MIAMI – Alleged Al Qaeda operative Jose Padilla claims he was tortured during his 3 1/2 years in U.S. custody as an enemy combatant, including threats of execution and being forced stand for long periods.
Padilla's lawyers are asking a federal judge to dismiss the terror support charges against him because he suffered from "outrageous government conduct" during more than 1,300 days in military custody.
"Many of the conditions Mr. Padilla experienced were inhumane and caused him great physical and psychological pain," Padilla attorney Michael Caruso said in court papers. "The pain and anguish visited upon Mr. Padilla will continue to haunt him for the remainder of his life."
U.S. Attorney R. Alexander Acosta in Miami declined comment. Prosecutors and Defense Department officials intend to respond to the allegations by Nov. 13.
Padilla, a 36-year-old former Chicago gang member, was declared an enemy combatant by President Bush in June 2002, shortly after he was arrested when he arrived at Chicago's O'Hare International Airport. U.S. authorities initially claimed he was on an Al Qaeda mission to detonate a radioactive "dirty bomb" in a U.S. city.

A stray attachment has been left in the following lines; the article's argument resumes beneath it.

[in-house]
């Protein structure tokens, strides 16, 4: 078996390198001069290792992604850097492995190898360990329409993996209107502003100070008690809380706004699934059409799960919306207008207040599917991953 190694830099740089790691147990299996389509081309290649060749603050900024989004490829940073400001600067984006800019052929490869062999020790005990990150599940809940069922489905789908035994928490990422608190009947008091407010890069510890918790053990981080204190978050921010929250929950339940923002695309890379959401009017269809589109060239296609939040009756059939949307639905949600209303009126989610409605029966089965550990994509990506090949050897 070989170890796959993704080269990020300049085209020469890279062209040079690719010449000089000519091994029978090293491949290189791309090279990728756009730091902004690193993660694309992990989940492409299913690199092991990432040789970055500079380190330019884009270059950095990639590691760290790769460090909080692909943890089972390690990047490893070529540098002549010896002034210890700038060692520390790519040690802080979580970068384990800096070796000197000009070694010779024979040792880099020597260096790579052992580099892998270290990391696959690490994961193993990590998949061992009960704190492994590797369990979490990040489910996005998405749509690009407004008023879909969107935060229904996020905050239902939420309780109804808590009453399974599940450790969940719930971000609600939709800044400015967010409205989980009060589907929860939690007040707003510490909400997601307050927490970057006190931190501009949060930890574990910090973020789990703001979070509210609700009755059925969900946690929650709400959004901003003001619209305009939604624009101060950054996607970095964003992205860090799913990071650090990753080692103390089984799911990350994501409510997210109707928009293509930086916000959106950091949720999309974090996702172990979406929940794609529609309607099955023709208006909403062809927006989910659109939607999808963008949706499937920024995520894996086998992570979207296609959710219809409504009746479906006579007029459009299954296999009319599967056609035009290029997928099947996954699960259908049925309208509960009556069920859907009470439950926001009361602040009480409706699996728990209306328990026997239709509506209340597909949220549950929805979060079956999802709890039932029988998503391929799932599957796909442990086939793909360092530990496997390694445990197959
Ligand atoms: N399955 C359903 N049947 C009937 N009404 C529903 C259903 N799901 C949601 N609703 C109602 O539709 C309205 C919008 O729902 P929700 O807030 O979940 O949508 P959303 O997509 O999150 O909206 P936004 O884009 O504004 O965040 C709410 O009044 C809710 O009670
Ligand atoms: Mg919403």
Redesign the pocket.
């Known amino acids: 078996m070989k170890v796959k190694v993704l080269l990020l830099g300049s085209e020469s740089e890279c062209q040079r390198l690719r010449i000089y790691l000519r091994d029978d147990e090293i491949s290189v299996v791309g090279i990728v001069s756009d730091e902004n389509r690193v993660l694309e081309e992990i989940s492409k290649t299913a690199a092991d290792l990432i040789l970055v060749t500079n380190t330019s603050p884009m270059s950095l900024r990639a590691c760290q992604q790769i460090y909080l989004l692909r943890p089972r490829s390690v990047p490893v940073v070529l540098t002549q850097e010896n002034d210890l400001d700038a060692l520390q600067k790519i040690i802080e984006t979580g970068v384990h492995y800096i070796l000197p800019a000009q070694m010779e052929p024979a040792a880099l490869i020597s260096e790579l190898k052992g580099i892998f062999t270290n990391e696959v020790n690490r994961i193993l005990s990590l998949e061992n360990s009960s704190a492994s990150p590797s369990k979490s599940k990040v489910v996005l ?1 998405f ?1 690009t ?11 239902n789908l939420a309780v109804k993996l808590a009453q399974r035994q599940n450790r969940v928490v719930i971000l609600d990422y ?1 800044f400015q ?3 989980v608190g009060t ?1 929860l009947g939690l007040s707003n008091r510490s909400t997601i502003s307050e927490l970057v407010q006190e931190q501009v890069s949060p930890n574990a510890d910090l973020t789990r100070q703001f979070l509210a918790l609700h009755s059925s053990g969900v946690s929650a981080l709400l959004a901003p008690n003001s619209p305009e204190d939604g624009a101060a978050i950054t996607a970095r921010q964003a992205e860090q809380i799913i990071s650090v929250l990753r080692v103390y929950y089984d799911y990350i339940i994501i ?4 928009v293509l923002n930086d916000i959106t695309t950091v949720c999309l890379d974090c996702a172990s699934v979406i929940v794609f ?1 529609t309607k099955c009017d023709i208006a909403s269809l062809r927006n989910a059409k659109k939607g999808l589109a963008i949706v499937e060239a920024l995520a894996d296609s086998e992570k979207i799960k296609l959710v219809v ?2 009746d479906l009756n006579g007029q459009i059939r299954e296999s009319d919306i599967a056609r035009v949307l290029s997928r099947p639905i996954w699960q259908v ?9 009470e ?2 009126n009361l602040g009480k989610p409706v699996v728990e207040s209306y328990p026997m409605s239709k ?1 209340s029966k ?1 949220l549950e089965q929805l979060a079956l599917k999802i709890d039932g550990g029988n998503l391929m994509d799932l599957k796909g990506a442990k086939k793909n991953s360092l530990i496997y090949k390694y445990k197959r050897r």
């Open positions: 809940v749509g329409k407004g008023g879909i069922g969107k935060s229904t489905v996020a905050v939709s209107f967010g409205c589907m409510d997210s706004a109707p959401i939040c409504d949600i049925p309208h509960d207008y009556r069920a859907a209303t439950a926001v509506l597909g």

He was held and interrogated at a Navy brig, where he was usually held in a small isolation cell, until he was transferred to civilian custody in January to face federal terrorism support charges in Miami along with two others. Trial on those charges, which do not mention the "dirty bomb" allegations, is scheduled to begin Jan. 22.
In the court papers, filed last month, Padilla claims that:
—Interrogators threatened him with "imminent execution" or with painful cuts.
—He was given a form of a "truth serum" drug that may have been LSD or PCP.
—Noxious fumes were sometimes introduced into his cell and he was forced to endure extreme heat and cold, bright lights or total darkness, denied opportunities to shower for weeks and deprived of sleep.
—He was not provided with a copy of the Koran, the Muslim holy book, for almost two years.
It is the first time that Padilla has made these detailed allegations about his treatment. His lawyers cited no corroborating evidence or witnesses.
The Bush administration has repeatedly said it does not torture prisoners despite aggressive interrogation tactics, especially in the war on terrorism, that have drawn broad criticism from international human rights groups.
Caruso acknowledged in the documents that such dismissal requests are rarely granted.
The judge has not indicated when she will rule.